What is it? Why, it’s a brief explanation of US copyright law, presented by characters from Disney films.Tags: Animation, Cartoons, Copyright, Disney, Law, Media, Video
This is your idea of terror, Boston? It’s Err, for fuck’s sake!
I was supposed to go to the pharmacy today, and instead I sat here terrorized by all that terror in the streets. The bridges were closed! The River Chuck was closed! They even found one of these “packages” here in the ‘Ville!
So because of this panic over a cartoon character, I wasn’t able to pick up my drugs — the drugs that are supposed to keep me from panicking over stuff like cartoon characters!
If anyone on the news had bothered to mention that these tools of terror were LED Mooninites, I could have told them not to worry. Instead of that, this day, which was supposed to be a joyful celebration of gorilla suits, is now going to live in infamy as the day of the Boston Magnetic Light Scare. (I will admit, however, that for a day about gorillas to become famous for guerrilla marketing is kind of cute.)
Honestly. Get a grip, Mayor Mumbles.No tags for this post.
Do you remember the episode of The Flintstones in which Fred becomes a scout master — the one where he goes to the big jubilee (or jamboree, or whatever it is scouts have) in Shangra-la-di-da Valley? No, this post is not about how the scouts treated prehistoric atheists and homosexuals. You’ll see where I’m going in just a moment.
Fred has been named the new leader of the Saber Tooth Tiger Patrol. He comes home wearing his usual schmatta, but with a difference: his tie is absent, and he’s got a hat, a kerchief, and a stick. Wilma sees him and asks, “Fred, what happened? Is there a war?” Fred chuckles and says, “No, this is a boy scout uniform.” Wilma makes some comment about how she’d thought maybe the army had gotten desperate and was scraping the bottom of the barrel, then does a double-take (or to be more accurate, her hair does a double-take) and exclaims, “A boy scout uniform???” If you watch the scene, you’ll hear how Wilma stresses the word “scout.” You’re likely to notice that it sounds a little odd.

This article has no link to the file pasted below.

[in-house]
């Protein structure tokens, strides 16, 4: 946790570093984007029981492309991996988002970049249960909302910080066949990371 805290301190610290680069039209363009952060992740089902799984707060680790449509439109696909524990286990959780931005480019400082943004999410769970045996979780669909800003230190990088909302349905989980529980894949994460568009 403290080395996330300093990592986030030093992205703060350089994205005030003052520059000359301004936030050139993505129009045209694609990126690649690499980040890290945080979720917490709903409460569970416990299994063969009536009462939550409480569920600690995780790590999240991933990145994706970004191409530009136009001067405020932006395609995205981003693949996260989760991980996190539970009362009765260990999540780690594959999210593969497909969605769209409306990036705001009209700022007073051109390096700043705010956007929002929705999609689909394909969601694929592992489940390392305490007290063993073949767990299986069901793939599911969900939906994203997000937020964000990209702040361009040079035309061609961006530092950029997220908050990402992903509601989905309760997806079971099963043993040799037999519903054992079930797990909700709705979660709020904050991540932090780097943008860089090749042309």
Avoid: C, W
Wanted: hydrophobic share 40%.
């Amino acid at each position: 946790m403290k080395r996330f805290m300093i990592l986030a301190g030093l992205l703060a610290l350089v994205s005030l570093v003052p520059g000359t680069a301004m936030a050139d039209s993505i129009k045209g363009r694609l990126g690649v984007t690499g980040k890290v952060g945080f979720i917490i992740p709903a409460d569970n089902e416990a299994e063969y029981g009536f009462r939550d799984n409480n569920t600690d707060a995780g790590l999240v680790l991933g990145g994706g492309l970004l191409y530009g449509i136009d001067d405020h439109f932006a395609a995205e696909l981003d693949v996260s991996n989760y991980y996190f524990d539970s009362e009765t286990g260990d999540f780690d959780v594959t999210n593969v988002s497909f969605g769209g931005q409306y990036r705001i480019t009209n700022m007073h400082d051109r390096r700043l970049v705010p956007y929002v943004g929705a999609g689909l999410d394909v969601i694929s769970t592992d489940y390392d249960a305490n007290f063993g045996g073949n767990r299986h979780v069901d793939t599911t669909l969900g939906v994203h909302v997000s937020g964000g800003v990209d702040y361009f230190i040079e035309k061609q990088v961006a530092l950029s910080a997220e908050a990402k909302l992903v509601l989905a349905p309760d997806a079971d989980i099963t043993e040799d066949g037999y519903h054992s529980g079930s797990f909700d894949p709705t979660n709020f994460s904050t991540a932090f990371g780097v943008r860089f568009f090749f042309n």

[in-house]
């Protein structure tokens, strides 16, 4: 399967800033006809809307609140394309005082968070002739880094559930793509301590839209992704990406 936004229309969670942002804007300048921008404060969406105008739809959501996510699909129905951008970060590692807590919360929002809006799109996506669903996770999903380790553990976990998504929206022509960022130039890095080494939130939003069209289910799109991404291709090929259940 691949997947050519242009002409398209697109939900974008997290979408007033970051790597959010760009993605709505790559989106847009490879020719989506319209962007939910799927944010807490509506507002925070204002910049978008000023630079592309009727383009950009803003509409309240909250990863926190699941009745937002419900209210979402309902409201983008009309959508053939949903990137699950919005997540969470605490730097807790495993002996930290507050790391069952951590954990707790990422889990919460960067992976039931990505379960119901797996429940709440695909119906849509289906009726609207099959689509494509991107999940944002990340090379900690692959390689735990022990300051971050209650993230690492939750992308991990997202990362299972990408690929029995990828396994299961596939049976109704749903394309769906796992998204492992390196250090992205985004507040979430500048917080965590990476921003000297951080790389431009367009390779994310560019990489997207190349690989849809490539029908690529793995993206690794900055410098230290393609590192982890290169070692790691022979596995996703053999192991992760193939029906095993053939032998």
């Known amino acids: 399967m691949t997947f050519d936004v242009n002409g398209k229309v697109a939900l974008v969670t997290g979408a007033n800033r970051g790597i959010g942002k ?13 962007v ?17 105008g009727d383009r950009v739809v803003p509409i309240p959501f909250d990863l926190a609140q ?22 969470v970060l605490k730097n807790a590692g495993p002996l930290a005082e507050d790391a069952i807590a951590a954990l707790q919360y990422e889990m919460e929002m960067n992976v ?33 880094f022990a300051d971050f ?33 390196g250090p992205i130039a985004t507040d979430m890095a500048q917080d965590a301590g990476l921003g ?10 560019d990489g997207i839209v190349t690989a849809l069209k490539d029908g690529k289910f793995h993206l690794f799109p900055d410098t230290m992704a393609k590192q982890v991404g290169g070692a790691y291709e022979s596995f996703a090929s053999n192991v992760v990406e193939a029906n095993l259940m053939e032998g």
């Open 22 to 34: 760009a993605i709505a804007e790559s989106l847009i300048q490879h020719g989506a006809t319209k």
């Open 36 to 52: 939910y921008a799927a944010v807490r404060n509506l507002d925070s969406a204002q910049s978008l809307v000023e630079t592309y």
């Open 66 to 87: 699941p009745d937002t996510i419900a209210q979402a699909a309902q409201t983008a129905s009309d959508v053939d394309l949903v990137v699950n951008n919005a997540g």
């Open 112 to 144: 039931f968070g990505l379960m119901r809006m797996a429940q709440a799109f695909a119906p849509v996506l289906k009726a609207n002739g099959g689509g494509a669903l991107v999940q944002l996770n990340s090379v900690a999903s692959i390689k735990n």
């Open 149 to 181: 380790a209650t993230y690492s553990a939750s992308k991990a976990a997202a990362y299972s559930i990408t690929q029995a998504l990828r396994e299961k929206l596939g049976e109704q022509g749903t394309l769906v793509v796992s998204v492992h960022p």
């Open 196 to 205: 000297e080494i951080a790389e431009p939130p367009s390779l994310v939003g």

That’s because, under normal circumstances, the phrase “boy scout” has the stress on the “boy” (ouch). I’m sure you’ve all heard numerous examples of this phenomenon. Every now and then, someone says something like “probably,” and it just rubs you the wrong way. It doesn’t feel right. It’s just not the way you’d expect it to sound. Whenever someone puts the stress on the wrong syllable (ahem — syllable), it’s called a Wilma, in honor of that modern stone age lady.
You’ll hear quite a lot of Wilmas if you watch shows on the eye of hell in which people are reading from cue cards or prompters, because they often don’t see a full sentence while they’re reading it, so they’re not always sure of where to put that little punch. Wolf Blitzer is the undisputed king of the Wilma:
A dozen years ago Republicans took control of the House and the Senate in mid-term elections.
So, what is the proper response to a Wilma? There are two, the more common being to shout “Wilmaaaaaa” the way Fred did in the closing credits of the show. My favorite, however, is to quote Wilma herself. I just love to say, “a boy scout uniform???” I say it rather a lot actually, especially when I’m in the Situation Room with Wolfie and the gang.No tags for this post.